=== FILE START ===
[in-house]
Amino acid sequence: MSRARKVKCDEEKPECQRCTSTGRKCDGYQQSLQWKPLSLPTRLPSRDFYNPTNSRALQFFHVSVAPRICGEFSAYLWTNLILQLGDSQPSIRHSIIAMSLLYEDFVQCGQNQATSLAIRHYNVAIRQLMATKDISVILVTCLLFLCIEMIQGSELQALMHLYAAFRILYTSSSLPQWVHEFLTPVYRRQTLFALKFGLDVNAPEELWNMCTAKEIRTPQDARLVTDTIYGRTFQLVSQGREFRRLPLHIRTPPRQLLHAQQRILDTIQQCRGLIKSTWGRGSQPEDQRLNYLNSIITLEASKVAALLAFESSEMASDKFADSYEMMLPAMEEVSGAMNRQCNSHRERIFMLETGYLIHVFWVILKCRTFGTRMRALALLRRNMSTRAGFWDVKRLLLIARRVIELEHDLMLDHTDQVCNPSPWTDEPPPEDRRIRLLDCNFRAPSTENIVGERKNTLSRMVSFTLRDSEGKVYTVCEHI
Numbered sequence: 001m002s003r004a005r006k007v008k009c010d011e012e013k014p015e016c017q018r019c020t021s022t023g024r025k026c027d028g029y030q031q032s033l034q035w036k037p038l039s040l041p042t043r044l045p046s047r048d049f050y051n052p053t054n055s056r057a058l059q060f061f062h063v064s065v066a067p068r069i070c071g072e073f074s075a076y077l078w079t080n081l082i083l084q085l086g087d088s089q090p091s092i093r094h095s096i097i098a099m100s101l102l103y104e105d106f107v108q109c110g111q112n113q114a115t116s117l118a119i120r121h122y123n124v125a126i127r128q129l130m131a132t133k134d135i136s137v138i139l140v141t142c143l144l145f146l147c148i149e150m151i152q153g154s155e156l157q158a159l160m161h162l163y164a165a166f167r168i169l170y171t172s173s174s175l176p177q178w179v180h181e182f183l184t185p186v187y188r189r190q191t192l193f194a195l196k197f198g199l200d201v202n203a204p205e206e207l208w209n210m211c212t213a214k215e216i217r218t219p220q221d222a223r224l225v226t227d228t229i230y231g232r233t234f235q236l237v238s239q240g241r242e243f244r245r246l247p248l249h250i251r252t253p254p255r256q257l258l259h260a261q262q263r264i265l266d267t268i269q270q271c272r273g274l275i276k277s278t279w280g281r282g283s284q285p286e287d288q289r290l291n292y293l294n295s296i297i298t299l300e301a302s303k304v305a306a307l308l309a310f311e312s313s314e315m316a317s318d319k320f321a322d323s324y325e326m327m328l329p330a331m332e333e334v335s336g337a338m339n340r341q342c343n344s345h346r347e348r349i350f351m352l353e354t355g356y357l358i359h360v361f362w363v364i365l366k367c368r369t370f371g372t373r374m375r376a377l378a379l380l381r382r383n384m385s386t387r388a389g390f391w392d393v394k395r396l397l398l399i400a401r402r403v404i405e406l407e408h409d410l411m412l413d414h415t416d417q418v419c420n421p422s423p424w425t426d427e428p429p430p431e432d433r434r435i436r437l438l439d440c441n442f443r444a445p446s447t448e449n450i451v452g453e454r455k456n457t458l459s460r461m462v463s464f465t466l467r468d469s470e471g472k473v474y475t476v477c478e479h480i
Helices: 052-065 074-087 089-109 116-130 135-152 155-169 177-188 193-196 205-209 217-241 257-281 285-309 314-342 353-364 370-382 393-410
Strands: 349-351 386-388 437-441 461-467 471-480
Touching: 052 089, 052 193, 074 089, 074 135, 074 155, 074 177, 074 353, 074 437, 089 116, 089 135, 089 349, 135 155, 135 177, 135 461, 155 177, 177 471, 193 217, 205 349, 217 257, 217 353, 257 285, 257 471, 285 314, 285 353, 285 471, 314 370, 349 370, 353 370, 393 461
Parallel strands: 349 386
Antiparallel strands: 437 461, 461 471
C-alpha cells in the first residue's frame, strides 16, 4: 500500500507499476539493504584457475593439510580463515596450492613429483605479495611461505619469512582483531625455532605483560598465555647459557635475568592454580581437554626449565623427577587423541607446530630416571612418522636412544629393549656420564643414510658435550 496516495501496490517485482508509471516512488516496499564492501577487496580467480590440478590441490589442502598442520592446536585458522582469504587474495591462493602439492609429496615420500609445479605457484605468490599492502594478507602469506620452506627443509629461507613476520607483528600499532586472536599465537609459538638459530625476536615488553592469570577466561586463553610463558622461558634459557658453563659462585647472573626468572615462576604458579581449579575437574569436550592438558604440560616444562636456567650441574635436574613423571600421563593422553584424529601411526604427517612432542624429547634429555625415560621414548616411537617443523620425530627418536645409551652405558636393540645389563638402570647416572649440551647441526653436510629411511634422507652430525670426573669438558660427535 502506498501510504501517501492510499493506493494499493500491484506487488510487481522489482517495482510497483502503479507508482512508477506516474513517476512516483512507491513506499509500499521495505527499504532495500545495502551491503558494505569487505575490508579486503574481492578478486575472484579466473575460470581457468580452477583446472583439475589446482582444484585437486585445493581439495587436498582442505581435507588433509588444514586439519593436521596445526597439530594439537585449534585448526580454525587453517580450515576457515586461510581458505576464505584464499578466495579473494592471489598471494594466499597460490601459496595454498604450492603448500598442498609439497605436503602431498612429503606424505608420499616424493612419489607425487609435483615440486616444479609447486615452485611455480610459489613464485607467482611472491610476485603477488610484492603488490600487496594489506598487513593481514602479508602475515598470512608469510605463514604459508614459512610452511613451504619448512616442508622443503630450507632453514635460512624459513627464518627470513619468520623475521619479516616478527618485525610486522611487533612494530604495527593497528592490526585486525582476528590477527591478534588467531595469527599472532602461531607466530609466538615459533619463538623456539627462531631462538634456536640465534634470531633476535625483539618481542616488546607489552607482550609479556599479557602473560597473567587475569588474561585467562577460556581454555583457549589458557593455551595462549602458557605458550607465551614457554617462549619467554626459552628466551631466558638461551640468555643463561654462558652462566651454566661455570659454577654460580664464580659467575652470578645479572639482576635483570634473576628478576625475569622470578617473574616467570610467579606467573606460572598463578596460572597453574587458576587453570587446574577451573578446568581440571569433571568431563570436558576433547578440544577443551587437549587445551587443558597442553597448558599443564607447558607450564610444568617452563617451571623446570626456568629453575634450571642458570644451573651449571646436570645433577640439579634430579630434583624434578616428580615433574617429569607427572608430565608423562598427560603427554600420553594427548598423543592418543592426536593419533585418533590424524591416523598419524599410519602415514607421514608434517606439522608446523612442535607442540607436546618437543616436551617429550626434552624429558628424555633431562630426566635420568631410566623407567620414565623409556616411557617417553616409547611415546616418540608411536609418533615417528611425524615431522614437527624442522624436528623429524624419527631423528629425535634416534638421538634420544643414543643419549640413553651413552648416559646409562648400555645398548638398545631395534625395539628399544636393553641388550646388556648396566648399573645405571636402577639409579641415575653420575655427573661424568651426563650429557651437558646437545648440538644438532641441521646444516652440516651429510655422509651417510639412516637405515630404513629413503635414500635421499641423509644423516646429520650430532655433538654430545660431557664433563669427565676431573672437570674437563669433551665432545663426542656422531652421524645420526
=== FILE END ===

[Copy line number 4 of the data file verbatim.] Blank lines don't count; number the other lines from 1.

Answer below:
Helices: 052-065 074-087 089-109 116-130 135-152 155-169 177-188 193-196 205-209 217-241 257-281 285-309 314-342 353-364 370-382 393-410